Abstract and Keywords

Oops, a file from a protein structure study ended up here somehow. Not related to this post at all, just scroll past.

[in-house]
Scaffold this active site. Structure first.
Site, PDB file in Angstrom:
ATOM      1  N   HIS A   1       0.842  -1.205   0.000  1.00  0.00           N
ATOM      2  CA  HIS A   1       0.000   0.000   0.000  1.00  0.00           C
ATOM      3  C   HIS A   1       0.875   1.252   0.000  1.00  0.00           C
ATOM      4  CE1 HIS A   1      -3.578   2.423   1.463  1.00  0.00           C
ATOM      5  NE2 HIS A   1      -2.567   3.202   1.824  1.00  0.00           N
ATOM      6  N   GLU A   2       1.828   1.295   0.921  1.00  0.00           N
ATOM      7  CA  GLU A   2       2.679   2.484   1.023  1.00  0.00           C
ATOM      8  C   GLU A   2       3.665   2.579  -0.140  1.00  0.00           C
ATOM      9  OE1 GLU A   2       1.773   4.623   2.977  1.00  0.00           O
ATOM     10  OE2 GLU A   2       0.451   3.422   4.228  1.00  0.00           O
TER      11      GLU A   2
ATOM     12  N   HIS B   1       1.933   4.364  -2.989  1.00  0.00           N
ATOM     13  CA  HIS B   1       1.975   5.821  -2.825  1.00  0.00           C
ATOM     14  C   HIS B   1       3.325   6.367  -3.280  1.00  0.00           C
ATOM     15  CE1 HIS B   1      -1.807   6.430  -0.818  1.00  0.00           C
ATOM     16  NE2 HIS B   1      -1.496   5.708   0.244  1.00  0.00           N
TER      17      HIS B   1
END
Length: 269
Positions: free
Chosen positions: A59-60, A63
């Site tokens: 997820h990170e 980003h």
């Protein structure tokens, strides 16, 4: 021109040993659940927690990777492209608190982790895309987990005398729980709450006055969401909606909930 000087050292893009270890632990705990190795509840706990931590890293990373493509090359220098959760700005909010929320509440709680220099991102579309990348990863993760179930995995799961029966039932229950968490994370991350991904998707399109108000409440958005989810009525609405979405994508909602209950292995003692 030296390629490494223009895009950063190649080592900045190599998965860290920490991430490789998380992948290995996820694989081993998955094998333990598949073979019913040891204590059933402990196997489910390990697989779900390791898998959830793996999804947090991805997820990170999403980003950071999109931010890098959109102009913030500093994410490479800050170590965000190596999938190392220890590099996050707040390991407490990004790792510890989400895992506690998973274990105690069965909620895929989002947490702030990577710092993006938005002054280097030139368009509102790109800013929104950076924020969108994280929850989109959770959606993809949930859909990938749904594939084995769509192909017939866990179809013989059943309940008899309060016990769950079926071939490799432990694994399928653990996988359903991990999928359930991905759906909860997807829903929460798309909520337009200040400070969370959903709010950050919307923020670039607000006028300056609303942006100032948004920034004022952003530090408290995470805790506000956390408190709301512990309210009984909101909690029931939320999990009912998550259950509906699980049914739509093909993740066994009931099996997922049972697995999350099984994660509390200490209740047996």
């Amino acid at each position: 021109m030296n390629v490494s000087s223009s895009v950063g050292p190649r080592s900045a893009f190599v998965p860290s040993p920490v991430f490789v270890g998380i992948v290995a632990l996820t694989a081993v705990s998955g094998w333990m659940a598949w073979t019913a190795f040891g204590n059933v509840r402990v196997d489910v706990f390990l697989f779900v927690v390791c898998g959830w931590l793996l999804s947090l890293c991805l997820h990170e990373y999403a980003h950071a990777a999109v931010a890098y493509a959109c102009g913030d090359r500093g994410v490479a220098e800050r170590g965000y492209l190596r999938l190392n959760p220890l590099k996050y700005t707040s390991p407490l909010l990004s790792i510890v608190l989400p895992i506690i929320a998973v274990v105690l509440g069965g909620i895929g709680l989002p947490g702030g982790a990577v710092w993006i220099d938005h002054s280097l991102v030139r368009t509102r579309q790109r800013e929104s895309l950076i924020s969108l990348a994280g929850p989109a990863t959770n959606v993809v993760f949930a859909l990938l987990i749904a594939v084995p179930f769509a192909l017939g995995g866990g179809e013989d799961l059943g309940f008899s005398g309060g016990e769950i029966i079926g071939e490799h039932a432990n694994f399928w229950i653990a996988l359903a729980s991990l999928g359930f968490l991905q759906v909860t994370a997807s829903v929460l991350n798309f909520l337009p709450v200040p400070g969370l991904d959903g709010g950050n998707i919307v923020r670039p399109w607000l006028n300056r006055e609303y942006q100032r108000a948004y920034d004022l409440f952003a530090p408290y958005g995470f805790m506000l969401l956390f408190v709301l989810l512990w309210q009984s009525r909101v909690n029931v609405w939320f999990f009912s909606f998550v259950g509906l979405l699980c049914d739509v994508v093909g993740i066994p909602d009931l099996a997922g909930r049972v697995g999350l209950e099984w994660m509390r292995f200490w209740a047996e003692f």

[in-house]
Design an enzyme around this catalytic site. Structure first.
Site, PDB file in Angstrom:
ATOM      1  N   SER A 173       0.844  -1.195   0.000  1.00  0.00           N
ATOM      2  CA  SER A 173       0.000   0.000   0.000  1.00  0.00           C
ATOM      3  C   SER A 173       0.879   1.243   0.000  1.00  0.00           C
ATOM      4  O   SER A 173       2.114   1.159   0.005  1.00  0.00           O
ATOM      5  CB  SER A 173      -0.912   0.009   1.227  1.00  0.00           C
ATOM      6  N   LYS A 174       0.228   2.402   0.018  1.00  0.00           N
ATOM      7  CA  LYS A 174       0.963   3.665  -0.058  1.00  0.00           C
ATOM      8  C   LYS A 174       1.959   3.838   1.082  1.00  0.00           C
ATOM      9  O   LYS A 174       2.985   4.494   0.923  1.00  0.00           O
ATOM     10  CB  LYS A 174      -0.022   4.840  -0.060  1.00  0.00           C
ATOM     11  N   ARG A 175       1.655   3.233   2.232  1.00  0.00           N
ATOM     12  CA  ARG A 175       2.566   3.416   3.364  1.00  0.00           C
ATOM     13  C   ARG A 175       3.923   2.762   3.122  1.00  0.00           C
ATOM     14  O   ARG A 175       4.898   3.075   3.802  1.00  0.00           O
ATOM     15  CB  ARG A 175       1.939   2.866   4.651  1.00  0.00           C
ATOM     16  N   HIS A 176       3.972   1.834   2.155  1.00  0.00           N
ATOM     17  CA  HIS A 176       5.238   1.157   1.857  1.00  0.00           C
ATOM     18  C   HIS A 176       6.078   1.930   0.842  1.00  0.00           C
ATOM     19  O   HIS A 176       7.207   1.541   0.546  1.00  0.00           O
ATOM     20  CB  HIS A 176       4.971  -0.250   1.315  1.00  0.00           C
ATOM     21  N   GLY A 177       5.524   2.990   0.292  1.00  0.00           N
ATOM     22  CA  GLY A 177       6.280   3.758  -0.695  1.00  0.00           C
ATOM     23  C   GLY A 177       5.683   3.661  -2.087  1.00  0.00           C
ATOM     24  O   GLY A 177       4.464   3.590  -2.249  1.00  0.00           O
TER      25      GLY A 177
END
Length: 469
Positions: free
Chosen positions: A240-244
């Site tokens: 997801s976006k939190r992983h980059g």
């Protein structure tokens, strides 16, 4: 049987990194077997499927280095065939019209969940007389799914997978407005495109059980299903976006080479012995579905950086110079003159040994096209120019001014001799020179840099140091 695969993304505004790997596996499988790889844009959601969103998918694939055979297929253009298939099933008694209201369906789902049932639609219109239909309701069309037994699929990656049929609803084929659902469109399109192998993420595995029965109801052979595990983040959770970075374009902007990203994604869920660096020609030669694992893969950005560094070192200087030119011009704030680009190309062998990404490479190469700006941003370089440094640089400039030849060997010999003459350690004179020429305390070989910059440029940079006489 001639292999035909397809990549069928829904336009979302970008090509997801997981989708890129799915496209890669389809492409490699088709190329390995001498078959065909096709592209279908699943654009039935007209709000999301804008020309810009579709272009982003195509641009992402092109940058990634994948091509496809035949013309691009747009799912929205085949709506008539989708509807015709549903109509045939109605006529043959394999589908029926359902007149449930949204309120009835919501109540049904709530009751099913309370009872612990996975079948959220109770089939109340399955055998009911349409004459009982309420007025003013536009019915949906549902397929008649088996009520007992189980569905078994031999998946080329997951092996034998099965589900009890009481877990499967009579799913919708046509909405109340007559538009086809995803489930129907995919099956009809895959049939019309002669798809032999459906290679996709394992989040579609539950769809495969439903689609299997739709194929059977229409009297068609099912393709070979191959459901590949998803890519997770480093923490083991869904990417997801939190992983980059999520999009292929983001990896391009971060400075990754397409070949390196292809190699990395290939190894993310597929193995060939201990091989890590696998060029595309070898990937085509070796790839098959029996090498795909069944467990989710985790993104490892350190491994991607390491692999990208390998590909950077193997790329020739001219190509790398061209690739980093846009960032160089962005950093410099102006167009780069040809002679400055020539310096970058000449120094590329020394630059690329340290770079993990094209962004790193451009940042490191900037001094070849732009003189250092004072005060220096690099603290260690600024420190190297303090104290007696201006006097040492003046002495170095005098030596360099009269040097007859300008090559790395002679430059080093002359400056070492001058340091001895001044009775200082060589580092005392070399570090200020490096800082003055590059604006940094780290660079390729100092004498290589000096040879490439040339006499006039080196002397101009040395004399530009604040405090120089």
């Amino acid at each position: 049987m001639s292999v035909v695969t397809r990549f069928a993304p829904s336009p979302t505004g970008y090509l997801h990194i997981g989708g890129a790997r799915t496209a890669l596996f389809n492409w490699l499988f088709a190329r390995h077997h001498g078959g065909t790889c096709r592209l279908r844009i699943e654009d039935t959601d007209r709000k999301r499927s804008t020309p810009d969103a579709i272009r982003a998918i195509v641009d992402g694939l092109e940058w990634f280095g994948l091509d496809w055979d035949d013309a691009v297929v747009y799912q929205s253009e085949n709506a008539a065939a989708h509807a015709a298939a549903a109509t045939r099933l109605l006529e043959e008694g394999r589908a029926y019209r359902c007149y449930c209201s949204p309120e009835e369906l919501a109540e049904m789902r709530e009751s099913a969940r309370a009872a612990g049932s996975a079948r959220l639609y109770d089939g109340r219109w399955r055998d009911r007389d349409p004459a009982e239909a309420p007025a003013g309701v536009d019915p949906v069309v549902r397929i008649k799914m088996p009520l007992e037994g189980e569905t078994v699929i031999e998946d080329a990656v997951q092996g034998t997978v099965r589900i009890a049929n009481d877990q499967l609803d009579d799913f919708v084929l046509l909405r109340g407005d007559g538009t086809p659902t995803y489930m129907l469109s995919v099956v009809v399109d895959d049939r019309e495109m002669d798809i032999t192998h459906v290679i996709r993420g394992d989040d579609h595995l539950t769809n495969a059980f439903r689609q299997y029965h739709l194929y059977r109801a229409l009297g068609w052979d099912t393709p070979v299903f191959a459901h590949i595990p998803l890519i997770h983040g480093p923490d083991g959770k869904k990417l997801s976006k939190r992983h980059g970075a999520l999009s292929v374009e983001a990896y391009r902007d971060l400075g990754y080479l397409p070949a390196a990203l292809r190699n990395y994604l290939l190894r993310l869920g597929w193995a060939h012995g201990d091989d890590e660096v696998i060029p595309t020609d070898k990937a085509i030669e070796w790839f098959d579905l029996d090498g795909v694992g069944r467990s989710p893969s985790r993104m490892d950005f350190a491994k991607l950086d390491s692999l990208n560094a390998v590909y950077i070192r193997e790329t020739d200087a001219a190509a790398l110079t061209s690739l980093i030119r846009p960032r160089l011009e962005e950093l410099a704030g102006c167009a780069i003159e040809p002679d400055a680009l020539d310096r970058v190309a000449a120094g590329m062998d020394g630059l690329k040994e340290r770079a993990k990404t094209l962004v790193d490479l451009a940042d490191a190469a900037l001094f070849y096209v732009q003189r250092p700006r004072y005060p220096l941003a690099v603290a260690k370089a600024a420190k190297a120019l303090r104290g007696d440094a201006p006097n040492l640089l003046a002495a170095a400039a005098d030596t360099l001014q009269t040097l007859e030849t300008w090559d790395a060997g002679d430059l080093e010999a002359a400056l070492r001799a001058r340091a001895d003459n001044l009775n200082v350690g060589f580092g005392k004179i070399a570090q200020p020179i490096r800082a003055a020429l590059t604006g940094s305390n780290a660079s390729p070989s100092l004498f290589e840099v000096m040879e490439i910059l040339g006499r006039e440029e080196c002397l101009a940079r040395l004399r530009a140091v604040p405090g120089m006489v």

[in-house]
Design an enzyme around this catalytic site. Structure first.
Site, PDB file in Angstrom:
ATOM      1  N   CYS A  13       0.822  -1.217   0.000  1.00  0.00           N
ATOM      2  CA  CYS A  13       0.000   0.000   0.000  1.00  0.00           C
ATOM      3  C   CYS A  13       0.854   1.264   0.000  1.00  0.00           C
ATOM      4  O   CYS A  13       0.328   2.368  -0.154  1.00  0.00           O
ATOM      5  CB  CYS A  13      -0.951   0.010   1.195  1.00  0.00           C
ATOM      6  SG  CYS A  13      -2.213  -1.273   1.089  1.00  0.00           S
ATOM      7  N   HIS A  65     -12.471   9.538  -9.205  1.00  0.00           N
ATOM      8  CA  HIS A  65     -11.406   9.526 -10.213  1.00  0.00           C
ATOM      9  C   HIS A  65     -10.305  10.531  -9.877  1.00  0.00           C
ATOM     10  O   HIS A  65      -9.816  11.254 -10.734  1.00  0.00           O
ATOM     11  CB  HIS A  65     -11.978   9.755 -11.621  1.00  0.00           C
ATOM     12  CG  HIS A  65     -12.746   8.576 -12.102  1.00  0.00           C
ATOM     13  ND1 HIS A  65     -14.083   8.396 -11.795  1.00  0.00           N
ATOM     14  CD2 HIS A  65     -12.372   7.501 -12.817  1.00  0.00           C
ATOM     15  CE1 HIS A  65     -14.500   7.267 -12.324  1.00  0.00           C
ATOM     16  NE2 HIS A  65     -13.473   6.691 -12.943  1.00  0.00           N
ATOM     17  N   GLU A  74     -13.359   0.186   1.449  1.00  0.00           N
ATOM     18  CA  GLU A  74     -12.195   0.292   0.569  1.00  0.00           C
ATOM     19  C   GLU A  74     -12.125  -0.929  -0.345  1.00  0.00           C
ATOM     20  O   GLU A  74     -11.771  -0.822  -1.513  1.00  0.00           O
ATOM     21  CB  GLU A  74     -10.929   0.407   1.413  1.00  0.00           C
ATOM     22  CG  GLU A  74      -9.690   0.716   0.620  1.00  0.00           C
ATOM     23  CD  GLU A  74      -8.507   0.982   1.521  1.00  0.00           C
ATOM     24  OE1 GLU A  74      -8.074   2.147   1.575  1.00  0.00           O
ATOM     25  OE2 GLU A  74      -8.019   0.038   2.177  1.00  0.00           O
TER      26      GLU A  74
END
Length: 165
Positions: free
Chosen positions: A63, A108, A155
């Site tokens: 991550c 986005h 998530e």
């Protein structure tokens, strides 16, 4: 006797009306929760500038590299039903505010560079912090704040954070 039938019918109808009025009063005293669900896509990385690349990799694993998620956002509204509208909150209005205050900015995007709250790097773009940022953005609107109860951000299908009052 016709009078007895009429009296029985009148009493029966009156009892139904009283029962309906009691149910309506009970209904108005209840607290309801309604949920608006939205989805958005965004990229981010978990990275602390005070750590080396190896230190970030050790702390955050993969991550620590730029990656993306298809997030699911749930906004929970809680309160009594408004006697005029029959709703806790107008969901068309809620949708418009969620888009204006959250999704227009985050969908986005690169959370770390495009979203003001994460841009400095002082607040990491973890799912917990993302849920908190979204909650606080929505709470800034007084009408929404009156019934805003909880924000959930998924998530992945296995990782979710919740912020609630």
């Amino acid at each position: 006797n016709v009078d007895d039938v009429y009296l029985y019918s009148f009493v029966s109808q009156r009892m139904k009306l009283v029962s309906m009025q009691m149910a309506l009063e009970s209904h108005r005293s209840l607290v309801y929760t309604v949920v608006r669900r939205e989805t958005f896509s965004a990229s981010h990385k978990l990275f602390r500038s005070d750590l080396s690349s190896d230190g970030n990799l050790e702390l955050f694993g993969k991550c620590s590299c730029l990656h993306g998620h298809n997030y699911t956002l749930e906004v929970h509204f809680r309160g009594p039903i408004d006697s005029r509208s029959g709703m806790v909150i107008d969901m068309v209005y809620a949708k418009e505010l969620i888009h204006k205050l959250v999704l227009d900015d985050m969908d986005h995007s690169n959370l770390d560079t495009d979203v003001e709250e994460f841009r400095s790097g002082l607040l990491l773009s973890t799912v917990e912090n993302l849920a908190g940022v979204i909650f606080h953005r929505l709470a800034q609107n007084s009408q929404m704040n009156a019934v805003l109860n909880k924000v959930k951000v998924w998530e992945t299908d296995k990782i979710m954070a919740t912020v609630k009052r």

This article analyses the role of non-governmental organizations (NGOs) and social movements in the World Trade Organization (WTO). After providing a theoretical overview that outlines the rationale for NGO involvement in intergovernmental organizations, it discusses the role of NGOs in the multilateral trading system from a historical perspective. The General Agreement on Tariffs and Trade (GATT) offered little scope for NGO involvement, but the WTO accorded some recognition to NGOs through a vague reference to the possibility for consultation by the General Council in the Marrakesh Agreement. This relationship was clarified through the 1996 guidelines on arrangements for relations with NGOs. Although the WTO offered more engagement with NGOs than the GATT, they still had no place in the ‘inner sanctum’ of its decision making. The article also looks at the determinants of interaction between WTO and non-state actors.
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